Attack Of The Killer AOL Disks

One of the obsolete meanings of ‘rage’ is ‘insanity’. Last night, on what is usually a tranquil six-block walk home from the subway, I clearly understood the relationship of those two words as I witnessed a half-dozen boys attack—and I mean ATTACK—pedestrians with, yes, AOL CD-ROMs. Really.

Somewhere they had obtained a whole bunch of the little marketing masterpieces that have had so much to do with AOL’s success and turned them into lethal little mini-frisbees, launching them randomly at any person or pet who happened by. And there were quite a few targets of opportunity, including some elderly women who probably wouldn’t respond well to receiving a fast-moving CD-ROM in the head.

Unexpectedly finding myself in the middle of this fusillade, I was able to notice that some of the projectiles were still sheathed in their original full-plastic jacket (“1000 Hours Free!”) while others zipped nakedly by, shimmering and glittering before sacrificing themselves into buildings, cars, and the occasional person.



In Stanley Kubrick’s “A Clockwork Orange” there is a scene where Alex and his gang use the most modern implements of their futuristic world to cause complete mayhem. It is the overlap of the ultra-modern with the ultraviolence that gives the scene its horrifying effect, an effect that suddenly became all too real for me.

Other pedestrians taking fire around me scattered and doormen ducked into the safety of their buildings. I was left more or less alone to confront the hail of digital ninja-type flying stars, wondering where the hell was Rudy Giuliani during this, my time of greatest need. I further realized I was ill-equipped to defend myself physically in the situation, since the aerodynamics of flying AOL CD-ROMs caused them to rise, dip, and dive in a way that would bewilder an NHL goalie. I was unwilling to defend myself verbally, unwilling to feel the embarrassment of yelling something like “Hey, you there, stop throwing those CD-ROMs at me!” Although I grudgingly had to admit that AOL’s flying marketing gems were indeed ubiquitous. In fact they have long passed the point of excess and have become urban ordnance, the very ordnance I was now doing my best to avoid.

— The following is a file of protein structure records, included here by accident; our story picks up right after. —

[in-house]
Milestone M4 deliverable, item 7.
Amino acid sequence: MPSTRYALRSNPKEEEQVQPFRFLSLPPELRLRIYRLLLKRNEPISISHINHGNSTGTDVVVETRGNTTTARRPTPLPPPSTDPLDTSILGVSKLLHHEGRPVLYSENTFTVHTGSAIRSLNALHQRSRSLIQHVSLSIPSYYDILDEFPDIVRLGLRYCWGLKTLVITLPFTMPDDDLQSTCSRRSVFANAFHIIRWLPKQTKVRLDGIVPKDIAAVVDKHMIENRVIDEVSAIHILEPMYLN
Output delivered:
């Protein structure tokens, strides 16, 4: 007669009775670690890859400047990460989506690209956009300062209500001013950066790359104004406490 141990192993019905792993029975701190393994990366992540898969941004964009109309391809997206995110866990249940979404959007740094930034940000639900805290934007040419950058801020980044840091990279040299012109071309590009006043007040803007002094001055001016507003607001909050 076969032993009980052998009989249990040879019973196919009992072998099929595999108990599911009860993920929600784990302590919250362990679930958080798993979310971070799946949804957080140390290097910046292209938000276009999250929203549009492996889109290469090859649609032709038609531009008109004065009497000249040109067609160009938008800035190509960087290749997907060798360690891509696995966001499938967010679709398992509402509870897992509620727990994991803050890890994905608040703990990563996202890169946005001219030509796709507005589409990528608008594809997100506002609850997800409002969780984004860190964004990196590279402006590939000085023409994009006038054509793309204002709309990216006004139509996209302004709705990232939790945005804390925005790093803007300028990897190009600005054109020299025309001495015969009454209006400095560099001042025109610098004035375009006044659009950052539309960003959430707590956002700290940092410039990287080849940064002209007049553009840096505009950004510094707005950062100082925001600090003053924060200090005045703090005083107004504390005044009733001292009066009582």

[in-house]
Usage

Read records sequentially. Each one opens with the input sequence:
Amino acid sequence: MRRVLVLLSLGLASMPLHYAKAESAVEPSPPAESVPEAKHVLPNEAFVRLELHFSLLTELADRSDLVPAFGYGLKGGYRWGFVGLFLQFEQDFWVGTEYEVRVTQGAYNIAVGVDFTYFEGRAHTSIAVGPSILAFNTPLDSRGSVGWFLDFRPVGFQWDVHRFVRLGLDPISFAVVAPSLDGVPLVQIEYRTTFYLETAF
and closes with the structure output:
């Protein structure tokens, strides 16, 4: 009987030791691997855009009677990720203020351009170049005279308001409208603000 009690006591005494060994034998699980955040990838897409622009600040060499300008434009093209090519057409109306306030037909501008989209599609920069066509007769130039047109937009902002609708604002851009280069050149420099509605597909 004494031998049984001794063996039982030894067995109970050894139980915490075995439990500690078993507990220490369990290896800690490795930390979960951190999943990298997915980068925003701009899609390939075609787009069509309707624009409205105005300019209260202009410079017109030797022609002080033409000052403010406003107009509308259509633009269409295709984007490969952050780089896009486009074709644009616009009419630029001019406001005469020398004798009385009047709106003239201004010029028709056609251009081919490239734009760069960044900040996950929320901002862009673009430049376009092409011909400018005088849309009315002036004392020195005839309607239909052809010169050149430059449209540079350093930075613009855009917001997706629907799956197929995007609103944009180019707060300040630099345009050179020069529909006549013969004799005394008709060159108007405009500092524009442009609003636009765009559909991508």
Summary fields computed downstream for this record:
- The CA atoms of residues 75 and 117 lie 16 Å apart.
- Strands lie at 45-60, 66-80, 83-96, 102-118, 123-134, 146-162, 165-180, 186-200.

Unable to move around the barrage, I tried to make my way through it by using my computer case as a shield. But this had the effect of making me into an even more visible target, and several CD-ROMs spun by my head. The irony of using a laptop computer as defense from AOL disks was lost on me at the time.

After several minutes the boys’ weaponry was exhausted and I was able to make it home without taking a hit. This isn’t AOL’s fault, of course, not even as an unintentional accomplice. But it is AOL’s goal to reach 100% market penetration, and one of their best tools continues to be the free CD-ROM.

A few years ago, when it first arrived in large quantities, the AOL CD-ROM was commonly called a coaster. After last night’s adventure, for me it is a coaster no more.

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